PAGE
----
People on board realized this was some kind of creature in a lake. The Captain decided he was going to try to ram it, kill it, and take it on board, towing it into Geneva to show people what they found. As the ship turned to approach the creature, the deck was crowded with passengers. In preparation to ram the creature,  the Captain cautioned everybody to get a life preserver and keep cool.

Apparently some of the women were in hysterics and “retired to the cabin.” Others showed as much interest and excitement as the men. As the Captain signaled full speed ahead and the Otetiani was underway, everybody on deck was watching the monster and hardly a person was breathing normally. As they got a little closer, the monster suddenly went out of sight and dove down down out of sight.

Making Contact

Some people said they could see the outline of the creature’s body from the boat as they went over it. They gave up and continued the journey to Geneva. Some time later someone shouted “there it is!” The monster reappeared, and everyone ran to the stern of the vessel. Within 50 yards, the long body of the monster was laying on the surface in practically the same position as when it was discovered.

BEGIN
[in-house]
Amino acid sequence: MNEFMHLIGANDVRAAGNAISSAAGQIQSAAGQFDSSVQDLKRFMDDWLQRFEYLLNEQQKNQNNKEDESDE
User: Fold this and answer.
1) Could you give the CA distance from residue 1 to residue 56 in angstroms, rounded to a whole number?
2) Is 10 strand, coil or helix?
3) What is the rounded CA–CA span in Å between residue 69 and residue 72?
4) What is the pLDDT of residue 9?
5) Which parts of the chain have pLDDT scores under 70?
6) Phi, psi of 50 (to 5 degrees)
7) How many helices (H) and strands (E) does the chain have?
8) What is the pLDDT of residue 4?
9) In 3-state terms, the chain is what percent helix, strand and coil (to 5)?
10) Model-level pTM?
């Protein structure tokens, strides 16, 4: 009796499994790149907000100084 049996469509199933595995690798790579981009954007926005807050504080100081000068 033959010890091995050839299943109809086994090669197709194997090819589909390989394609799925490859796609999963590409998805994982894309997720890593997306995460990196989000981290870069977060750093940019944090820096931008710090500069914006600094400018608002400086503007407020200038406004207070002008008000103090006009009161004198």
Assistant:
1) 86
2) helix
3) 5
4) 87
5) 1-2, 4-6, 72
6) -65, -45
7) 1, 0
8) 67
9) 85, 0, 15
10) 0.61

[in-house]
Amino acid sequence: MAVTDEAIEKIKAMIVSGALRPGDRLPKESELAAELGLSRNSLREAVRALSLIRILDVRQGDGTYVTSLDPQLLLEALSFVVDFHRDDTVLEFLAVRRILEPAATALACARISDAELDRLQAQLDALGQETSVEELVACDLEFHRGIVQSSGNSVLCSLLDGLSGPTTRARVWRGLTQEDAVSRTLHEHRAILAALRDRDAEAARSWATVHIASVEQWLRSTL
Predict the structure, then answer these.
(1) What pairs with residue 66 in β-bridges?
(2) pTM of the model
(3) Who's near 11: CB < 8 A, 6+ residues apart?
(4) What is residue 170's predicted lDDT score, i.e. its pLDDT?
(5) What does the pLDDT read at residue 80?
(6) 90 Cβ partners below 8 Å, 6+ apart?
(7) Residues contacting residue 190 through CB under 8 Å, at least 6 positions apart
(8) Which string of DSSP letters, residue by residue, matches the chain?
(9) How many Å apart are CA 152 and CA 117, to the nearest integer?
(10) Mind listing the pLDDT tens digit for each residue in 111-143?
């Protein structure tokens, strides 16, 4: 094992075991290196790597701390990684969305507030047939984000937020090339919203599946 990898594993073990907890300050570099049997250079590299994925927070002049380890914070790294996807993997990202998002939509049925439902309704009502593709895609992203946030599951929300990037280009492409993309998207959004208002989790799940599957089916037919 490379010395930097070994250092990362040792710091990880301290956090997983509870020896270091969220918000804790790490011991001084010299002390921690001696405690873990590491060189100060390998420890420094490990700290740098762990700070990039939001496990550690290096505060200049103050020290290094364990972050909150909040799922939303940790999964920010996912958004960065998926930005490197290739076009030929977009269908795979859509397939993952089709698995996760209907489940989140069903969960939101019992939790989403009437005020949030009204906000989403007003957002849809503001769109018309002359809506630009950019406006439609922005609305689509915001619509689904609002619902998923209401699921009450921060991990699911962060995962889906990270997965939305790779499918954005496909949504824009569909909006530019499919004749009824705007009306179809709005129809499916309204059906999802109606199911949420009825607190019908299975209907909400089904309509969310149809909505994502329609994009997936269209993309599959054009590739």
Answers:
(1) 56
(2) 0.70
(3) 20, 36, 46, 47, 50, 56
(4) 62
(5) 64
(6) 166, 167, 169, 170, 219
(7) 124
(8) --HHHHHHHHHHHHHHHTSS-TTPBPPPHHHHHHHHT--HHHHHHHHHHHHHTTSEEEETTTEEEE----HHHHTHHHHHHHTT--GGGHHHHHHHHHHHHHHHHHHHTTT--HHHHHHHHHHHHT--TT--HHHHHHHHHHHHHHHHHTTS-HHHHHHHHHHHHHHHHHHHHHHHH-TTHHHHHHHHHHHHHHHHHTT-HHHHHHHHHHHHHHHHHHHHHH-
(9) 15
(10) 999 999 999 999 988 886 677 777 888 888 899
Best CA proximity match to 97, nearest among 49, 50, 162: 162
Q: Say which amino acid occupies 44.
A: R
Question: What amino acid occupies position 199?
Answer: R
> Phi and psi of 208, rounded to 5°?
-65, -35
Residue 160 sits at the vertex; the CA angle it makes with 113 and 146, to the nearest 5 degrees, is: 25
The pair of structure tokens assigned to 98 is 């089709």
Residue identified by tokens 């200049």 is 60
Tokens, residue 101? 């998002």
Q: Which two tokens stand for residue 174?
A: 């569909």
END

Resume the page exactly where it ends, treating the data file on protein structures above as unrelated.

The captain ordered the boat put about, and the attack was renewed. Instead of trying to strike the creature full on, the boat was maneuvered so that the starboard paddle wheel would strike it about midway between its head and tail. The boat went ahead under full steam, and the monster paid no attention to it. With a thud—which all heard and felt—the boat struck the mark at which it aimed.

The force of the impact threw everyone off his feet. The vessel careened violently to port but quickly righted. They then saw this thing lying along the side of the boat that appeared to be dead. It didn’t raise its head, and passengers reported that it made a gasping sound and then lay quiet. They thought that the spinal column must have been broken and the creature was dead.

Eyewitness Accounts

Men with boat hooks lowed in smaller lifeboats put ropes around the body of the creature and fastened ropes on board. They were trying to pull this thing up and haul it into the boat, but it proved to be too heavy. The rope slipped off near the tail, the tail dropped in the water, and the weight of the other rope became so great that it began to slip through the hands of those holding it.